04 Sep Failure To Launch – Insights & Solutions
Mission Control We Have A Failure To Launch
However, this Failure To Launch doesn’t involve the space program. It involves young adults, their families, and social/economic issues. Failure To Launch isn’t a diagnosis or disease, or even a disorder. It’s commonly referred to as a syndrome. According to a Zillow 2014 study, about 10,000,000 Americans aged 24-34 lived at home with Mom. That’s a sizable syndrome. Surprisingly, only 14.1 percent of the group didn’t have jobs. Joblessness has little to do with the syndrome. Also noteworthy is that males comprised 55 percent of those surveyed. Psychology Today has an article that even calls it an epidemic.
What Is Failure To Launch Syndrome?
More important than its definition or label is recognizing the common behaviors associated with Failure To Launch. While not everyone will exhibit all these behaviors to a tee, some of the typical symptoms include:
- Putting one’s own desires and gratification above the importance of earning money
- Bailing on situations when they get stressful
- Not feeling strong enough motivation to succeed and get things done
- A lack of fortitude to persist through difficulties
- Expecting to get from others without also giving
- Immaturity in taking responsibility for one’s own actions
- Not setting clear short-term or long-term goals that go beyond fun and play
- showing narcissistic traits of not being concerned with the needs of others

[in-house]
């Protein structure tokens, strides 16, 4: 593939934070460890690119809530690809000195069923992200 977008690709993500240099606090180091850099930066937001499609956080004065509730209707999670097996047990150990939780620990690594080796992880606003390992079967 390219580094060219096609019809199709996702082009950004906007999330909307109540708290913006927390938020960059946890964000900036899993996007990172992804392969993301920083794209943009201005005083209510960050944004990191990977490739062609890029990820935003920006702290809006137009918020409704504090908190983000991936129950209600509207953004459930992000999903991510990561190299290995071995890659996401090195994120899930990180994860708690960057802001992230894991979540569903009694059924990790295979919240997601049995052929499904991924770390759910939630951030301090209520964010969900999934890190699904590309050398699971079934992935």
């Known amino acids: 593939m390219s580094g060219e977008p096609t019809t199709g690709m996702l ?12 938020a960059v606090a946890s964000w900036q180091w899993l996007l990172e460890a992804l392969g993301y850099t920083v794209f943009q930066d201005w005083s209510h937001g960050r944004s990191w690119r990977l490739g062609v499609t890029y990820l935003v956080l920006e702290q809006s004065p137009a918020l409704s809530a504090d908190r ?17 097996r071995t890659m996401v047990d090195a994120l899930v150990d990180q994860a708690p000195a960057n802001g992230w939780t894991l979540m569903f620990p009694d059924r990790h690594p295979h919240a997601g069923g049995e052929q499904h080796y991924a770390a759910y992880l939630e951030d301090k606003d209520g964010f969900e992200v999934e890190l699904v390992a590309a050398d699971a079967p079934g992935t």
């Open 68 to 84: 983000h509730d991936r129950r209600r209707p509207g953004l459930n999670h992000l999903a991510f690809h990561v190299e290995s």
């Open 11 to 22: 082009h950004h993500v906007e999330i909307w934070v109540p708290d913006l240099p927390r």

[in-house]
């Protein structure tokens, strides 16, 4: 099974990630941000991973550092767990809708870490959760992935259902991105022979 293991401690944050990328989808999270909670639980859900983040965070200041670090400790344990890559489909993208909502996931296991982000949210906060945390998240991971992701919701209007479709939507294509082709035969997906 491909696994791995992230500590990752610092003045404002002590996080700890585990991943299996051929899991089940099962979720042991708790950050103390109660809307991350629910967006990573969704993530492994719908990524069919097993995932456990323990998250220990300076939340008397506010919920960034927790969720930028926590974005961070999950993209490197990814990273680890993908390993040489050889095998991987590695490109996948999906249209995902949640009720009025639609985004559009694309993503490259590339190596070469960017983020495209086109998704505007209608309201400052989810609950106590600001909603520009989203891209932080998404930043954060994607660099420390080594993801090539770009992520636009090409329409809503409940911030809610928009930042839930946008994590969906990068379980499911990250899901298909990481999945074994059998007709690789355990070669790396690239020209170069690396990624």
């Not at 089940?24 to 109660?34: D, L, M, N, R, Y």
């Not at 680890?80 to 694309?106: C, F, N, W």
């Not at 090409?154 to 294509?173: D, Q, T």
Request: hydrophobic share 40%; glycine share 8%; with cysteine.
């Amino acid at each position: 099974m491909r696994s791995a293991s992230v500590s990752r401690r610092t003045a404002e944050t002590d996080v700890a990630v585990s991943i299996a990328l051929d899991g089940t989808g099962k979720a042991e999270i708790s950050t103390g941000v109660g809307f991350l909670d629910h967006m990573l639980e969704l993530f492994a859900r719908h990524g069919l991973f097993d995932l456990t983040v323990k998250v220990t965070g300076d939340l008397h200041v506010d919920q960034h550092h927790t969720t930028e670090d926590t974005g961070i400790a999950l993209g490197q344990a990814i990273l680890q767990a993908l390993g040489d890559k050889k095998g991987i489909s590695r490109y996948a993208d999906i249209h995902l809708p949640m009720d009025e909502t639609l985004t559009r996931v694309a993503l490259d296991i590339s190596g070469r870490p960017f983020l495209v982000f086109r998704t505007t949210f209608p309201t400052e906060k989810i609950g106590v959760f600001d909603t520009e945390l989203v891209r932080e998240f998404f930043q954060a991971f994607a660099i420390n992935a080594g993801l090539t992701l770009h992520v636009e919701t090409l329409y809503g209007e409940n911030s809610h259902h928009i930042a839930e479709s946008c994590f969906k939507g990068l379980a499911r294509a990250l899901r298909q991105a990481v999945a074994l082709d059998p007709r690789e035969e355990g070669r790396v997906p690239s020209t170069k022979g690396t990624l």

- Unskilled with everyday tasks such as cooking, cleaning, or laundry.
- Feelings of low self-esteem are pretty common
It helps to conceptualize Failure to Launch as an emotional and social stunting of sorts. Maybe you see yourself in this list? Maybe you see this in your adult child? The good news is that you can find professional support to create a better independent life!
Why Is Failure To Launch Happening?
This isn’t a simple issue, and there are a lot of reasons. Many professionals focus on individual personality issues and parenting impact. While these are valid and important, I see it as many different issues that have been unfolding for decades. The truth is that life today isn’t just a little different from the past, it’s a lot different. During most of the 20th century, going through life was a relatively straightforward and predictable process. Now, not so much.
Disruption And Instability
Giant leaps in technology brought us cool stuff, but also disruption in many industries. We’ve seen massive offshoring and outsourcing of US manufacturing and technical support. This has created increased competition and reduced opportunity for good paying careers. Recessions have a psychological impact on believing if success is possible. Endless war, terrorism, unrest at home and abroad, and on and on. Then there are the major shifts in how young adults have been socialized and parented.
What Is All This Screen Time Doing?
Previous generations had to interact with each other directly, and consider diverse points of view. Mobile Internet technology has allowed them to bypass that. They can communicate with the world while sitting alone in their room. This has created a paradoxical condition where people are super connected, and very disconnected at the same time. Endless niche options and algorithms creates a narrow bubble for ideas and interests that are rarely challenged.
Messages With Good Intention, But…